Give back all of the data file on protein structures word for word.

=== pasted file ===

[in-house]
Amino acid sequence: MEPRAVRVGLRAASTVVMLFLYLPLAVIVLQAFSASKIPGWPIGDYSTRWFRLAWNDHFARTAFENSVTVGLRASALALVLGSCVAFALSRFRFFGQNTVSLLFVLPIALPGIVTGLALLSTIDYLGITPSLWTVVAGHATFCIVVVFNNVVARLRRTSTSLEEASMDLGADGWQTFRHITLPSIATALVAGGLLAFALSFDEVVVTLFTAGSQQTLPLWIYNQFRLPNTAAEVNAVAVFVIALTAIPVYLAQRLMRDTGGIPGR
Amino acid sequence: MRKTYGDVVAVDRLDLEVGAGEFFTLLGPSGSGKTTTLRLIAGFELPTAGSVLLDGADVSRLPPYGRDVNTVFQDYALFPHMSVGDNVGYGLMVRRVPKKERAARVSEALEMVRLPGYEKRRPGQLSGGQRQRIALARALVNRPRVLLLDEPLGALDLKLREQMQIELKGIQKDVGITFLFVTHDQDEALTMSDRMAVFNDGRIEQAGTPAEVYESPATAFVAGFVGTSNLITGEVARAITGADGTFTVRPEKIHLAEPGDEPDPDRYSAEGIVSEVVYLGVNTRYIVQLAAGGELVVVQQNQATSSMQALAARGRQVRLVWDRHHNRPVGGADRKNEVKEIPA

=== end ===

[in-house]
Amino acid sequence: MEPRAVRVGLRAASTVVMLFLYLPLAVIVLQAFSASKIPGWPIGDYSTRWFRLAWNDHFARTAFENSVTVGLRASALALVLGSCVAFALSRFRFFGQNTVSLLFVLPIALPGIVTGLALLSTIDYLGITPSLWTVVAGHATFCIVVVFNNVVARLRRTSTSLEEASMDLGADGWQTFRHITLPSIATALVAGGLLAFALSFDEVVVTLFTAGSQQTLPLWIYNQFRLPNTAAEVNAVAVFVIALTAIPVYLAQRLMRDTGGIPGR
Amino acid sequence: MRKTYGDVVAVDRLDLEVGAGEFFTLLGPSGSGKTTTLRLIAGFELPTAGSVLLDGADVSRLPPYGRDVNTVFQDYALFPHMSVGDNVGYGLMVRRVPKKERAARVSEALEMVRLPGYEKRRPGQLSGGQRQRIALARALVNRPRVLLLDEPLGALDLKLREQMQIELKGIQKDVGITFLFVTHDQDEALTMSDRMAVFNDGRIEQAGTPAEVYESPATAFVAGFVGTSNLITGEVARAITGADGTFTVRPEKIHLAEPGDEPDPDRYSAEGIVSEVVYLGVNTRYIVQLAAGGELVVVQQNQATSSMQALAARGRQVRLVWDRHHNRPVGGADRKNEVKEIPA